Fellow soldiers said Sgt. 1st Class John Rice wasn't as good as anyone else, he was a notch better. One of 25,000 Native Americans to serve in World War II and one of 22,000 to fight on the front lines, Rice toiled as an infantry scout for three years. He fought in New Guinea and the Philippines, was wounded and contracted malaria.
He wed Evelyn Rice in 1945 and re-enlisted in the Army two months after his discharge. "He wanted to make the military his career," LaMere said.
He served in Korea with the Eighth Regiment, First Cavalry Division. While leading a squad of riflemen against a fierce enemy assault near the village of Tabu-dong, he was killed by enemy fire on Sept. 6, 1950. For his leadership and valor, Rice was posthumously awarded the Bronze Star, a Purple Heart and other military honors.
His body came home nearly one year later, then traveled with a military escort from Oakland, California, to Winnebago.
Evelyn Rice paid $100 for a lot in the veterans' section of Memorial Park, the closest military burial ground. She planned to be buried next to him.
That changed in the minutes following the graveside service when a cemetery official notified Dalton Boyd, funeral director, of the bylaws at Memorial Park. When the burial plot was sold to Evelyn Rice, it was reported, the salesman didn't inquire about Rice's race. The reason? Evelyn Rice was Caucasian.
Evelyn Rice told the Journal in 1951 she didn't notice the "Caucasian-only" clause in the contract. "When these men are in the Army, they are all equal and the same," she said. "I certainly thought they would be the same after death, especially in the military section of the cemetery."
Rice's body was returned to the funeral home and a 24-hour guard mobilized.
The next day, upon learning the news, President Truman publicly chastised the cemetery. The controversy evoked outrage across the country, tarnishing the city's image. Sioux City leaders quickly denounced the cemetery's decision and the city's mayor traveled to Winnebago to publicly apologize to Rice's family and tribal members during a meeting at the local American Legion post.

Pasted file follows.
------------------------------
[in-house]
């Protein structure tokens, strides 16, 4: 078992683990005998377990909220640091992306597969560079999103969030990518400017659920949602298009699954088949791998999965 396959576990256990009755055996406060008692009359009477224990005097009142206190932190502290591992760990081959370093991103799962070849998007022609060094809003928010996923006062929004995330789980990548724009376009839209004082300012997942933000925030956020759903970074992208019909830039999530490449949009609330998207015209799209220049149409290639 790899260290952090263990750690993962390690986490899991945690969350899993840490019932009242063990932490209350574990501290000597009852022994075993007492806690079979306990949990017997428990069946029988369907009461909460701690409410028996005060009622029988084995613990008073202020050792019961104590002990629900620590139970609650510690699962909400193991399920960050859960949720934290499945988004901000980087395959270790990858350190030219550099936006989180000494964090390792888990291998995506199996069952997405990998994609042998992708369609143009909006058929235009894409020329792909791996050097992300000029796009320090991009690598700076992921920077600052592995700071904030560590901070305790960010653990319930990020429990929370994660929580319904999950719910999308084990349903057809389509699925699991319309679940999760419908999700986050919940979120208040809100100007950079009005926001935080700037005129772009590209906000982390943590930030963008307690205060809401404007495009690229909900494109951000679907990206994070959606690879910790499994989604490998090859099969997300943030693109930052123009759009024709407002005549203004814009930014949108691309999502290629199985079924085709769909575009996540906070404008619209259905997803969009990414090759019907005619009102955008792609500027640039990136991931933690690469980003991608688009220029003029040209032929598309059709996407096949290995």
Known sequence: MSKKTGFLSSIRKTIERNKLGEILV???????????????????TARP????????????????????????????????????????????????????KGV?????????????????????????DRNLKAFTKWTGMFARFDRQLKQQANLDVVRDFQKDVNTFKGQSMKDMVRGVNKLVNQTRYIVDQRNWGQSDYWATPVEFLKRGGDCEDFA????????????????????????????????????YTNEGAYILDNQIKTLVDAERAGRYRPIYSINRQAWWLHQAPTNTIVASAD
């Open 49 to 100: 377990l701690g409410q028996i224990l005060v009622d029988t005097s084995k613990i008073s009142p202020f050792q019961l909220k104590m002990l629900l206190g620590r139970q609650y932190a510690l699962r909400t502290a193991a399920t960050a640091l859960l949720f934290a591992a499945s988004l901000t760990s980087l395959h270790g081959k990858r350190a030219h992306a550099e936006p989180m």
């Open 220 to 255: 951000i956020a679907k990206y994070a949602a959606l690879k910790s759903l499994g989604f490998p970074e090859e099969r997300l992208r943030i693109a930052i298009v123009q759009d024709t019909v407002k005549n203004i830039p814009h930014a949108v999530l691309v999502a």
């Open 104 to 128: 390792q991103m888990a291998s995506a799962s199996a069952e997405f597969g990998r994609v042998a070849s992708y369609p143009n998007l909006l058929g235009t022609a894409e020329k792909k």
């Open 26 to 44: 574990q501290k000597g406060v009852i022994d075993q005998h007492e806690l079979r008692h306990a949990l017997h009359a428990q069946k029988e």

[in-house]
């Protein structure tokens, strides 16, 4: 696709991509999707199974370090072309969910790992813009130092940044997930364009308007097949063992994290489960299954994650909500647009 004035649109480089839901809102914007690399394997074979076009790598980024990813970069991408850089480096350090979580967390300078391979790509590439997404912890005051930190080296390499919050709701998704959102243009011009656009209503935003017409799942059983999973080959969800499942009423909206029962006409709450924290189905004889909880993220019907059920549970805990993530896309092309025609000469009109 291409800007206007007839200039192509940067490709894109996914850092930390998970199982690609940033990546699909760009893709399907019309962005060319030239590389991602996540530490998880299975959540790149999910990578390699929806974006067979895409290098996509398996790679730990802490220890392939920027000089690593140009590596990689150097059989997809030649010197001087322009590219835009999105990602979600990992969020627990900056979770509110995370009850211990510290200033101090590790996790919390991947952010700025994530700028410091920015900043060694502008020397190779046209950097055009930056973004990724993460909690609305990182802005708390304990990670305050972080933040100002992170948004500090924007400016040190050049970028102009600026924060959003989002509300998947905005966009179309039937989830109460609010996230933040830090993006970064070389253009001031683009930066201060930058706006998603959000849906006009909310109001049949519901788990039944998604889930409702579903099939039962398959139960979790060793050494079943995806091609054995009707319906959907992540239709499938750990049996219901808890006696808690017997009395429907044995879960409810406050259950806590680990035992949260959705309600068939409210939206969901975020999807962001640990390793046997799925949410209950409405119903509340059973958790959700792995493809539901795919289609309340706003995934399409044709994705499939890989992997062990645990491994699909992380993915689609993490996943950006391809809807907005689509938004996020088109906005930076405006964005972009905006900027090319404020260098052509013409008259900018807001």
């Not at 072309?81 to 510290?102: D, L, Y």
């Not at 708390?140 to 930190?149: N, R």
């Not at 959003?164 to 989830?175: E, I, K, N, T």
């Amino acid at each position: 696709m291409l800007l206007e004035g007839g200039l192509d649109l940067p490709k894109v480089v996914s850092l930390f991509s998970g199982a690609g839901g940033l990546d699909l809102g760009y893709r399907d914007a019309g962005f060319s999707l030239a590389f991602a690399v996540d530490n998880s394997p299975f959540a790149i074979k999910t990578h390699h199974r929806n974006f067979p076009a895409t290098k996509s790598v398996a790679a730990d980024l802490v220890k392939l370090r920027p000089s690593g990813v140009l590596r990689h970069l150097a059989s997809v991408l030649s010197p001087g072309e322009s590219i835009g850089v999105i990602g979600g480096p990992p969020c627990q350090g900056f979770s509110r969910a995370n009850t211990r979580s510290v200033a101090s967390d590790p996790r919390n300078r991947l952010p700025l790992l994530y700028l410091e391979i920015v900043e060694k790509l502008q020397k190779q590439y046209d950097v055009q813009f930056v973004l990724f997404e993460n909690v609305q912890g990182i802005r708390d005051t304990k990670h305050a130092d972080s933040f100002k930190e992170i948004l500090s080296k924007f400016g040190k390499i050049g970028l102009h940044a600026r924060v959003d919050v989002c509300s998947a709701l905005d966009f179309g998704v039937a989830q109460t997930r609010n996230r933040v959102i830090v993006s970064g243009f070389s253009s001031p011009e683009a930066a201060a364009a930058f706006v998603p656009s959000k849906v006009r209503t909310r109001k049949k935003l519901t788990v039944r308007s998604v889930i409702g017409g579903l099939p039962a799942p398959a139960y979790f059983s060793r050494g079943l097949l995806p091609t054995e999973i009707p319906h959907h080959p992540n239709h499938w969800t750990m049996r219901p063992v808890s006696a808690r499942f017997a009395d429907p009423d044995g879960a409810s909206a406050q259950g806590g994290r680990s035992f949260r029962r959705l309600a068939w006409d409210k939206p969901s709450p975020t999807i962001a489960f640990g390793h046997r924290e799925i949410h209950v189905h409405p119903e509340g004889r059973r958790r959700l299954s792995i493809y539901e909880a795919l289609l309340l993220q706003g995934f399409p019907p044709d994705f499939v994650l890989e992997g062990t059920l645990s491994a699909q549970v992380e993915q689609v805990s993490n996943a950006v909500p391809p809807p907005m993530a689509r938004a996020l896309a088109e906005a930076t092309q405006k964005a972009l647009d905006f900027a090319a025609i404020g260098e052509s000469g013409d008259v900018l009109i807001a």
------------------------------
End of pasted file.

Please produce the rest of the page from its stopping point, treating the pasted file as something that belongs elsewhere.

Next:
Evelyn Rice humbly accepted Truman's offer for a burial at Arlington National Cemetery, one that took place on Sept. 5, 1951. Maj. Gen. Charles B. Palmer, Rice's former commander in Korea, delivered a five-word eulogy: "He was a fine soldier."
Other soldiers wrote his widow, letters left among her possessions, personal notes hailing this "perfect soldier" for his calm under duress, his courage, his loyalty.
Evelyn Rice, who didn't remarry, spoke about the saga later in her life, but not at great length. She was present when a parade was held in Sioux City in John Rice's honor on the 50th anniversary of his funeral service here, on Aug. 28, 2001.
Evelyn Rice died four years later, at age 83. And, thanks to a breakdown at the crematorium, her ashes were laid to rest atop her husband, at Arlington. "It took one year after Mom died for her ashes to be buried at Arlington," LaMere said. "That's ironic, as it was the same for Dad."
Jean LaMere studied a photo of her parents, young and much in love, parents embarking upon a life with daughters Pam and Jean, and baby son, Tim. She placed the photo upon her father's Army uniform and shared a detail the Rice children have treasured for decades.
"Dad was killed in Korea, at Tabu," she said. "Tabu. It was the only perfume our mother would wear. We think she believed it helped keep her close to him."
Marcia Poole, director of The Sioux City Lewis & Clark Interpretive Center/Betty Strong Encounter Center, contributed to this story.